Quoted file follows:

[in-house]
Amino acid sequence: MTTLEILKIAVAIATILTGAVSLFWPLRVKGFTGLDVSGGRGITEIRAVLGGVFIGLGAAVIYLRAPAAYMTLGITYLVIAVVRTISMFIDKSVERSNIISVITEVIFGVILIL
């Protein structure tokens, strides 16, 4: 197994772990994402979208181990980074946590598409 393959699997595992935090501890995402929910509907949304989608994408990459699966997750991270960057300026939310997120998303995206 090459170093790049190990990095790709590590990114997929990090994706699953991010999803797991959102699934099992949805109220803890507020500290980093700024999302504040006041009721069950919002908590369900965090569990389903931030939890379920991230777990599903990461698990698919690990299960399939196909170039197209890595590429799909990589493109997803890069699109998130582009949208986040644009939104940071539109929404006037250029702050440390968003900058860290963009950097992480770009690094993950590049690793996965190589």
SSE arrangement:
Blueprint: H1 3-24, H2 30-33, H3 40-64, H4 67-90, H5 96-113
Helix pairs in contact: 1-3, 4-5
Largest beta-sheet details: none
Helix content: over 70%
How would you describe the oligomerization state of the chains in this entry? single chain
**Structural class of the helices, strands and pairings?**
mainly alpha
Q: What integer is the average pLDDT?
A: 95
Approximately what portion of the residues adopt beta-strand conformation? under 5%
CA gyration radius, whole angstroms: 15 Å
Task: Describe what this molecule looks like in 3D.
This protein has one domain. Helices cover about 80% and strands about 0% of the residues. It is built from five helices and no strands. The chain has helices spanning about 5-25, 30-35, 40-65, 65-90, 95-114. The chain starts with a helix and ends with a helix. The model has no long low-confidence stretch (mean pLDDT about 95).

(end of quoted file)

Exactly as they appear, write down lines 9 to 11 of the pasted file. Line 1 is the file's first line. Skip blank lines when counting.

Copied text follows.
How would you describe the oligomerization state of the chains in this entry? single chain
**Structural class of the helices, strands and pairings?**
mainly alpha